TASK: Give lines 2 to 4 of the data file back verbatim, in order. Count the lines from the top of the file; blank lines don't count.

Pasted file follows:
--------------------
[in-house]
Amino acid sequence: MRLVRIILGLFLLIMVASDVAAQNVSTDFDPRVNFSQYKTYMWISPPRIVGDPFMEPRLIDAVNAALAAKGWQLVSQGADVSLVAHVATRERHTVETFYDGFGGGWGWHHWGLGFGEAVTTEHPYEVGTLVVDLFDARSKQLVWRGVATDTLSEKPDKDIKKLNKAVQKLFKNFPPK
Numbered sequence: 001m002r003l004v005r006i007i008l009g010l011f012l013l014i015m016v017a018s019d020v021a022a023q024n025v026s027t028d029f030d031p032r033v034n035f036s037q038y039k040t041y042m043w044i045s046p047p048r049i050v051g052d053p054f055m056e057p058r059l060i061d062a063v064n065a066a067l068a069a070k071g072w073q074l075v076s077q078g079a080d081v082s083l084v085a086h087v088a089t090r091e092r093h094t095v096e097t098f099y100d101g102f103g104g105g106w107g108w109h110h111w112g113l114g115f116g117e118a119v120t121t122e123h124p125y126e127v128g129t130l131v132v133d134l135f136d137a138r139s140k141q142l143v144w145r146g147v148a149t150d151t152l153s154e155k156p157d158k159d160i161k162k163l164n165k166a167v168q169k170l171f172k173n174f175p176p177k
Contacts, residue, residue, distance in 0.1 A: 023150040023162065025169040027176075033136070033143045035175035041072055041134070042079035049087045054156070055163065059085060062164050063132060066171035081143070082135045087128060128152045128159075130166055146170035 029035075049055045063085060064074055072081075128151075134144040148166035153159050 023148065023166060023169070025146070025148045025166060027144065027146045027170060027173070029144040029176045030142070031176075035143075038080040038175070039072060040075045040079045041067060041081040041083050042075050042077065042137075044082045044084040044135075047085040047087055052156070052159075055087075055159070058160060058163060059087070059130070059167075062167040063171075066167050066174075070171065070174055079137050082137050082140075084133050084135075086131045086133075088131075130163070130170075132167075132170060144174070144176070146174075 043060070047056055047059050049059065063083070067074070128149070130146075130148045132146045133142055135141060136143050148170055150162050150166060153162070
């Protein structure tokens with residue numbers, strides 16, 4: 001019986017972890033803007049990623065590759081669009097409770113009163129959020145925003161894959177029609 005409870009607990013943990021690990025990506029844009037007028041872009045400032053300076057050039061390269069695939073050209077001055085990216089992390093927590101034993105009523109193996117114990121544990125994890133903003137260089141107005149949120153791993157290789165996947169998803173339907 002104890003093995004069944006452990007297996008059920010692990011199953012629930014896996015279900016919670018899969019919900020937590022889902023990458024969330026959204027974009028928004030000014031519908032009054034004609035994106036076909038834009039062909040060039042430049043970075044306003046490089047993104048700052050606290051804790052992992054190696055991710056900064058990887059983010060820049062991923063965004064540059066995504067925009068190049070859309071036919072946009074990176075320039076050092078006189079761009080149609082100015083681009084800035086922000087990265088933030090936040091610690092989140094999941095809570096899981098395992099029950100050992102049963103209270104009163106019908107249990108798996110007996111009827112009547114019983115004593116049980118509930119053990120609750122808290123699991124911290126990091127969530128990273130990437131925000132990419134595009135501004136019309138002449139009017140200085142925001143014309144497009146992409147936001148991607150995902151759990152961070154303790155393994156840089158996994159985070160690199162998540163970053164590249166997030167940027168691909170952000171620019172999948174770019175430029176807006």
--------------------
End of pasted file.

Amino acid sequence: MRLVRIILGLFLLIMVASDVAAQNVSTDFDPRVNFSQYKTYMWISPPRIVGDPFMEPRLIDAVNAALAAKGWQLVSQGADVSLVAHVATRERHTVETFYDGFGGGWGWHHWGLGFGEAVTTEHPYEVGTLVVDLFDARSKQLVWRGVATDTLSEKPDKDIKKLNKAVQKLFKNFPPK
Numbered sequence: 001m002r003l004v005r006i007i008l009g010l011f012l013l014i015m016v017a018s019d020v021a022a023q024n025v026s027t028d029f030d031p032r033v034n035f036s037q038y039k040t041y042m043w044i045s046p047p048r049i050v051g052d053p054f055m056e057p058r059l060i061d062a063v064n065a066a067l068a069a070k071g072w073q074l075v076s077q078g079a080d081v082s083l084v085a086h087v088a089t090r091e092r093h094t095v096e097t098f099y100d101g102f103g104g105g106w107g108w109h110h111w112g113l114g115f116g117e118a119v120t121t122e123h124p125y126e127v128g129t130l131v132v133d134l135f136d137a138r139s140k141q142l143v144w145r146g147v148a149t150d151t152l153s154e155k156p157d158k159d160i161k162k163l164n165k166a167v168q169k170l171f172k173n174f175p176p177k
Contacts, residue, residue, distance in 0.1 A: 023150040023162065025169040027176075033136070033143045035175035041072055041134070042079035049087045054156070055163065059085060062164050063132060066171035081143070082135045087128060128152045128159075130166055146170035 029035075049055045063085060064074055072081075128151075134144040148166035153159050 023148065023166060023169070025146070025148045025166060027144065027146045027170060027173070029144040029176045030142070031176075035143075038080040038175070039072060040075045040079045041067060041081040041083050042075050042077065042137075044082045044084040044135075047085040047087055052156070052159075055087075055159070058160060058163060059087070059130070059167075062167040063171075066167050066174075070171065070174055079137050082137050082140075084133050084135075086131045086133075088131075130163070130170075132167075132170060144174070144176070146174075 043060070047056055047059050049059065063083070067074070128149070130146075130148045132146045133142055135141060136143050148170055150162050150166060153162070